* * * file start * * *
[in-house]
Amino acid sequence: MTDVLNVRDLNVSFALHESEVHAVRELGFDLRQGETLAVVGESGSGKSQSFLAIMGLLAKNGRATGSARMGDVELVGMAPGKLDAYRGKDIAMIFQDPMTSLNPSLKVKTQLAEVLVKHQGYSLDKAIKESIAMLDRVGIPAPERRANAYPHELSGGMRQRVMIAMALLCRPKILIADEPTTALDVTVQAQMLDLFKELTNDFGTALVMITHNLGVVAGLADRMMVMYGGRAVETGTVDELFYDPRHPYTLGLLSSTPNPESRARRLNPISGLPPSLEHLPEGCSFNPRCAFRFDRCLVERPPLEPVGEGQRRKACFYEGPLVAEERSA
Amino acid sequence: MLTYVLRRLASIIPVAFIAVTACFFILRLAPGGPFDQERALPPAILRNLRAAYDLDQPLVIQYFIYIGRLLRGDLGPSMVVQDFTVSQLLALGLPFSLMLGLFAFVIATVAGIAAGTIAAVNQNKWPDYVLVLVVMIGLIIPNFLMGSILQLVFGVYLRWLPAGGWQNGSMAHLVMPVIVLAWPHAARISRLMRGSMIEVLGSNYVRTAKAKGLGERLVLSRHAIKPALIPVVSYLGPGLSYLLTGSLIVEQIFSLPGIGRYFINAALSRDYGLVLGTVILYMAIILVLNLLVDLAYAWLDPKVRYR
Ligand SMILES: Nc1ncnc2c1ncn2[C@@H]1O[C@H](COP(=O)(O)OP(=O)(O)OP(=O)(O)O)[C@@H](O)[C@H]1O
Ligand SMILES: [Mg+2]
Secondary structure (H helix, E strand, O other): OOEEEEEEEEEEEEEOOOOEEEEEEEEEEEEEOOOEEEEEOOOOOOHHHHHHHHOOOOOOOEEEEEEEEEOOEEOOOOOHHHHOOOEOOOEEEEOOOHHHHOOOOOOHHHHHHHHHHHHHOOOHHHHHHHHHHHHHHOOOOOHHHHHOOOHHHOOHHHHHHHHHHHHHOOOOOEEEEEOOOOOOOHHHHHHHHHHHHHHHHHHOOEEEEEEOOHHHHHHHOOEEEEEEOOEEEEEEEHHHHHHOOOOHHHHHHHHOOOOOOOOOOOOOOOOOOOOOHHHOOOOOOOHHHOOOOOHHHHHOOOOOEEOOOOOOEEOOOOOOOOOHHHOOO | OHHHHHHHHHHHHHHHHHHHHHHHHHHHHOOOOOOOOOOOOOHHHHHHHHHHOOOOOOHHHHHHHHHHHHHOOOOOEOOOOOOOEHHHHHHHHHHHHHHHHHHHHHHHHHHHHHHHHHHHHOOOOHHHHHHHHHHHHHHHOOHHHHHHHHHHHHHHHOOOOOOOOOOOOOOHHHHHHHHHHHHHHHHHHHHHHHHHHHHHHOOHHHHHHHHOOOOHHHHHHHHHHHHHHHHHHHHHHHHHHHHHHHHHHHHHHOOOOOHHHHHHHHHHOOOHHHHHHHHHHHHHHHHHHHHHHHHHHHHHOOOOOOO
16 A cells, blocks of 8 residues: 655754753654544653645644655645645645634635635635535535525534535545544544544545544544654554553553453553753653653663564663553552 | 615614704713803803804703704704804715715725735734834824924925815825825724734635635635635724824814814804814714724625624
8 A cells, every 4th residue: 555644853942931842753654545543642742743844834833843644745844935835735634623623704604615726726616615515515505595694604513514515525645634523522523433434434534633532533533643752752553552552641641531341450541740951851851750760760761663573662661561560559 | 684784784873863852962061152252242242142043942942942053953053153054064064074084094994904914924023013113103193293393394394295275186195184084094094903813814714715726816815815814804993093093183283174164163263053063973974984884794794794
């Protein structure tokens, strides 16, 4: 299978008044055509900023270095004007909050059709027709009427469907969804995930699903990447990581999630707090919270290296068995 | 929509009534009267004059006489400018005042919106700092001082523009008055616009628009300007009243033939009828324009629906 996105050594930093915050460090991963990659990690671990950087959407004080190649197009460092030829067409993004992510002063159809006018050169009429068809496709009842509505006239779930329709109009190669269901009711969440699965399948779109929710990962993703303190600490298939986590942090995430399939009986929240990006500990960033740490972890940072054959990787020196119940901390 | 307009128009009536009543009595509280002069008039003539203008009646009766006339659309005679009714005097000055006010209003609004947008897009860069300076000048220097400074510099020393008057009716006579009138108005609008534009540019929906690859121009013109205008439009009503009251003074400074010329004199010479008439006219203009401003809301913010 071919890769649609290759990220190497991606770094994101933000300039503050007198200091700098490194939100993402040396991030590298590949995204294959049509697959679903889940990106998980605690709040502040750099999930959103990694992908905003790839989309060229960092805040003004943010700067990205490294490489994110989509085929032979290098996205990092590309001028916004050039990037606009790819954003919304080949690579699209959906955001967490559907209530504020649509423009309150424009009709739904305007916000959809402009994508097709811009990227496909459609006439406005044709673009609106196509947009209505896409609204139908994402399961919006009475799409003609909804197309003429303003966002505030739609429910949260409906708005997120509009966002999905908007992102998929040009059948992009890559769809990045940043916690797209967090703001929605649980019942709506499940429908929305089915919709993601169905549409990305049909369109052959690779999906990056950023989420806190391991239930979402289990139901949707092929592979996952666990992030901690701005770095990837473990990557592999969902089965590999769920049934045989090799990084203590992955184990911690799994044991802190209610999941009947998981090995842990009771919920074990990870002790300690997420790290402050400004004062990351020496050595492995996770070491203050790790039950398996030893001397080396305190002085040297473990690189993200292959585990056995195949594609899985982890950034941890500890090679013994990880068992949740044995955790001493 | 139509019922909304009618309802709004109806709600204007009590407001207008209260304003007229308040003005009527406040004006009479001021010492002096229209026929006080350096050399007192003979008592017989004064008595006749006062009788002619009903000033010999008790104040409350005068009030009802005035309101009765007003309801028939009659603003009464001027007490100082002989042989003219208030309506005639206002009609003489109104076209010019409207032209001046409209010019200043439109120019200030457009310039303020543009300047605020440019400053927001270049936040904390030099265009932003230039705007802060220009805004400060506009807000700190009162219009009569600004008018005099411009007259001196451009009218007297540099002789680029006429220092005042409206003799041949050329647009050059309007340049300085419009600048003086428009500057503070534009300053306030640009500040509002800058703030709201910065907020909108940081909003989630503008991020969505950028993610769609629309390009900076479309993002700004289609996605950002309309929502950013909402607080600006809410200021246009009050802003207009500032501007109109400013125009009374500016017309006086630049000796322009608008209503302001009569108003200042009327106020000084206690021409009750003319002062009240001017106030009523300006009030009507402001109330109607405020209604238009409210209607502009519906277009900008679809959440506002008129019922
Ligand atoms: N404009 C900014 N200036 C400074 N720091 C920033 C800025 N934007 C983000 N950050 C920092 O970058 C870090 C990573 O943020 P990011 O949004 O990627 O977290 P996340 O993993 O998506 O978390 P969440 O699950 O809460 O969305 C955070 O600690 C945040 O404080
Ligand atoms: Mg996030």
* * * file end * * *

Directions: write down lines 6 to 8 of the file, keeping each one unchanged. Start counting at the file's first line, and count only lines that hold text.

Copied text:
Secondary structure (H helix, E strand, O other): OOEEEEEEEEEEEEEOOOOEEEEEEEEEEEEEOOOEEEEEOOOOOOHHHHHHHHOOOOOOOEEEEEEEEEOOEEOOOOOHHHHOOOEOOOEEEEOOOHHHHOOOOOOHHHHHHHHHHHHHOOOHHHHHHHHHHHHHHOOOOOHHHHHOOOHHHOOHHHHHHHHHHHHHOOOOOEEEEEOOOOOOOHHHHHHHHHHHHHHHHHHOOEEEEEEOOHHHHHHHOOEEEEEEOOEEEEEEEHHHHHHOOOOHHHHHHHHOOOOOOOOOOOOOOOOOOOOOHHHOOOOOOOHHHOOOOOHHHHHOOOOOEEOOOOOOEEOOOOOOOOOHHHOOO | OHHHHHHHHHHHHHHHHHHHHHHHHHHHHOOOOOOOOOOOOOHHHHHHHHHHOOOOOOHHHHHHHHHHHHHOOOOOEOOOOOOOEHHHHHHHHHHHHHHHHHHHHHHHHHHHHHHHHHHHHOOOOHHHHHHHHHHHHHHHOOHHHHHHHHHHHHHHHOOOOOOOOOOOOOOHHHHHHHHHHHHHHHHHHHHHHHHHHHHHHOOHHHHHHHHOOOOHHHHHHHHHHHHHHHHHHHHHHHHHHHHHHHHHHHHHHOOOOOHHHHHHHHHHOOOHHHHHHHHHHHHHHHHHHHHHHHHHHHHHOOOOOOO
16 A cells, blocks of 8 residues: 655754753654544653645644655645645645634635635635535535525534535545544544544545544544654554553553453553753653653663564663553552 | 615614704713803803804703704704804715715725735734834824924925815825825724734635635635635724824814814804814714724625624
8 A cells, every 4th residue: 555644853942931842753654545543642742743844834833843644745844935835735634623623704604615726726616615515515505595694604513514515525645634523522523433434434534633532533533643752752553552552641641531341450541740951851851750760760761663573662661561560559 | 684784784873863852962061152252242242142043942942942053953053153054064064074084094994904914924023013113103193293393394394295275186195184084094094903813814714715726816815815814804993093093183283174164163263053063973974984884794794794